Glenn continued to say, “I don’t think I can make it,” adding, “I’m sick. I need to come out of the game.” All he got was more hang in there words and butt-slapping until the offensive drive stalled and the Titans kicked the ball away. Only then did  Howard Glenn leave the game with the rest of the offensive team. He was sweating profusely, gasping for breath, smelling awful, with a white foam building around his mouth, and about to fall. In spite of these worsening conditions, the Titans had no team doctor present to examine him – and New York Coach Sammy Baugh just kept sending him back into the game each time the offense again took the field.

Howard Glenn

Glenn finally collapsed and had to be lifted and walked (not stretchered) to the bench by two teammates. He spent most of the second half on the bench and walked to the locker room under his own power, just before the half. At game’s end, however, Howard Glenn collapsed as he returned to the locker room. The cry “get him a doctor” started, but was soon quieted by “just sit him on a stool. He’ll be all right. It’s just football and fatigue.” Sitting dazed and glassy eyed on a stool. Howard soon slumped to the floor, as a very drunken man might,  landing flat on his back, with his eyes still open, but only staring blindly at the ceiling. He began coughing up thick green mucous, which fellow players tried to clear from his mouth with their fingers as he seemed to be strangling on it. That reeking smell from Glenn’s body filled the room. Only then did New York officials call for help from the Oilers’ two stadium-present physicians. Some time was lost finding and retrieving medical help that could have been called when Glenn first was taken out of the game, but that was not the practice of this team in that era on a fateful Sunday.

It wasn’t rocket science medicine. The two Oiler doctors quickly determined that Howard Glenn needed to be immediately transported to Hermann Hospital in the nearby Texas Medical Center. The plan was this simple: Howard Glenn would stay in Houston for emergency and critical care treatment while the team flew back to New York after the Houston game. It would not take long for that last dire denial of the reality to be swept away by the darkest rider in all our lives, eventually.

Howard Glenn was taken to the hospital for treatment at 5:30 PM. He was pronounced dead at 6:10 PM, Sunday, October 9, 1960. The stunned New York players got the sad news at Hobby Airport, shortly after boarding their plane for home. All were shaken, but the death got little attention nationally and not much changed in the almost universal neglect of an adequate medical approach to football safety until more recent times.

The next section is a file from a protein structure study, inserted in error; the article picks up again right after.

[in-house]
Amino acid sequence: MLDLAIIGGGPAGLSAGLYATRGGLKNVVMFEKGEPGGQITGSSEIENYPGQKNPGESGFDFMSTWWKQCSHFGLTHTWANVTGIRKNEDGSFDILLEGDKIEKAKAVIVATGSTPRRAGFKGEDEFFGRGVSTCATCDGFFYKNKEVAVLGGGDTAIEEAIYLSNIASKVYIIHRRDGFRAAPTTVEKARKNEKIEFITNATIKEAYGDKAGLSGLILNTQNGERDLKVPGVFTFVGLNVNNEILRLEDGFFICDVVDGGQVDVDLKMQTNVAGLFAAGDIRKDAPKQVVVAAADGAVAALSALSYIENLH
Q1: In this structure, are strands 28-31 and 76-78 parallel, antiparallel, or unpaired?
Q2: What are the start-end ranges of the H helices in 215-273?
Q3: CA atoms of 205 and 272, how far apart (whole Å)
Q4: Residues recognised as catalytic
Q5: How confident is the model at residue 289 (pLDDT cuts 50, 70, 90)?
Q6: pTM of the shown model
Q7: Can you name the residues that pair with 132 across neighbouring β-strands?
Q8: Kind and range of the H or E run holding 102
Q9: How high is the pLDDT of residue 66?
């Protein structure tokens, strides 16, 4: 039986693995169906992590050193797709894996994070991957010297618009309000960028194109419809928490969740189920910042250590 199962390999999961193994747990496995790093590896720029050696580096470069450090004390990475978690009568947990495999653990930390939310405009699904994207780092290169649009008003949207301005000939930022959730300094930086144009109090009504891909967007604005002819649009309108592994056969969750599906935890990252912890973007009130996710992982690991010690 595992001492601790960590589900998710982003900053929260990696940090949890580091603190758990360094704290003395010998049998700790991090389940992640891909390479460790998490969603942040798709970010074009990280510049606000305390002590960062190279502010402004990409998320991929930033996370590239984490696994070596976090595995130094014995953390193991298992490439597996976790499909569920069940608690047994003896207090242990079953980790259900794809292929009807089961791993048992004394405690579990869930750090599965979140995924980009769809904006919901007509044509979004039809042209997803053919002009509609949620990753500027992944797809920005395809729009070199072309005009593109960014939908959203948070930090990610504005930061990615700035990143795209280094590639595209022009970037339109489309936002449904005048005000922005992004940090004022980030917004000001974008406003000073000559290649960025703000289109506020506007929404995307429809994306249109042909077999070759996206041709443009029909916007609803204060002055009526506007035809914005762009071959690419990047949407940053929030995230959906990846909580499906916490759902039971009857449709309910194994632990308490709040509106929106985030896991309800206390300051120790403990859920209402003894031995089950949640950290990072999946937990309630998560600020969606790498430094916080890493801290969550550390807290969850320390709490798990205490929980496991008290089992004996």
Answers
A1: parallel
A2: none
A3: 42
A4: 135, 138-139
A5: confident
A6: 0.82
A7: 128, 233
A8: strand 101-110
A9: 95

The next day, Harris County Medical Examiner Dr. Joseph A. Jachimczyk signed off on the loss of Howard Glenn as an “accidental death” that stemmed from a broken neck. It was subsequently first determined that Glenn had broken his neck the previous week in a game that New York played against the Dallas Texans. However, further opinion concluded that it was more likely that Glenn had suffered the broken neck in New York’s 27-21 loss to the Oilers in Houston.

Howard Glenn became the first and only, so far, man to die directly from an identified game injury. Two others, Stan Mauldin of the Chicago Cardinals (1948) and Dave Sparks of the Washington Redskins (1954), also died after games, but their deaths were due to heart attacks.

What a sad day in Houston sports history, but it brings clear attention to why football now has in place some new strong rules to protect players from concussions – and the kinds of tackling that often causes broken necks. And it is the reason that fine young men like David Piland of UH must now learn to deal with the fact that he can no longer play the game he loves.

The Pecan Park Eagle wishes to thank Tom Hunter of Denver for bringing to light the story and the research material that brought it to life, along with his open personal eye-witness comment, to the telling of this timely story.

Fifty-three years ago today, a good man lost his life playing football in Houston. His name was Howard Glenn. And he deserves to be remembered  as the man who lost his life playing football in the prehistoric era of sports medicine.

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6 Responses to “Houston: Death on a Football Afternoon”

  1. Tom Hunter Says:

    One correction, Bill. I graduated from UH, but in October of 1960, I was in the 8th grade at Pearland Junior High School. Thanks for the story on Howard Glenn.

  2. Anthony Cavender Says:

    Did anyone see last night’s “Frontline” documentary on the NFL and the rash of concussions suffered by many football players?

  3. Wayne Roberts Says:

    Great article Bill. As a passionate Longhorn fan I’m glad David Ash is sitting out the OU game this Saturday due to his continued concussed symptons. In 1994 my softball career ended due to an assault at home plate. I’ll spare the bang-bang events leading up to it but the result was a subdural hematoma the size of a golf ball at the center of my brain and a 4 inch crack at the base of my skull. I avoided surgery (drilling holes to relieve pressure) thanks to technology (CT Scans and the soon to be common MRI) but problems continued for several years (some, including your readers will say they remain) that were helped by cognitive testing and therapy. At the end of John Mackovic’s tenure as head coach at UT a player ran off the field and knocked him down and he whacked his head on the turf. After the game he admitted he couldn’t remember anything after being hit….he was unpopular then and the wags had their fun at his expense. I demurred. Closed head injuries are no joke. This issue will be huge problem for football–it must be addressed.

  4. NFL Deaths Reflect Inept Care and Record-Keeping | Four Walls Publishing Says:

    […] temperature topped 90 degrees with dense humidity for the 1 p.m. kickoff at Jeppesen Stadium, and early in the game Howard Glenn, an offensive guard […]

  5. Matt Chaney: NFL Deaths Reflect Inept Care and Record-Keeping | Independent Football Veterans Says:

    […] temperature topped 90 degrees with dense humidity for the 1 p.m. kickoff at Jeppesen Stadium, and early in the game Howard Glenn, an offensive guard […]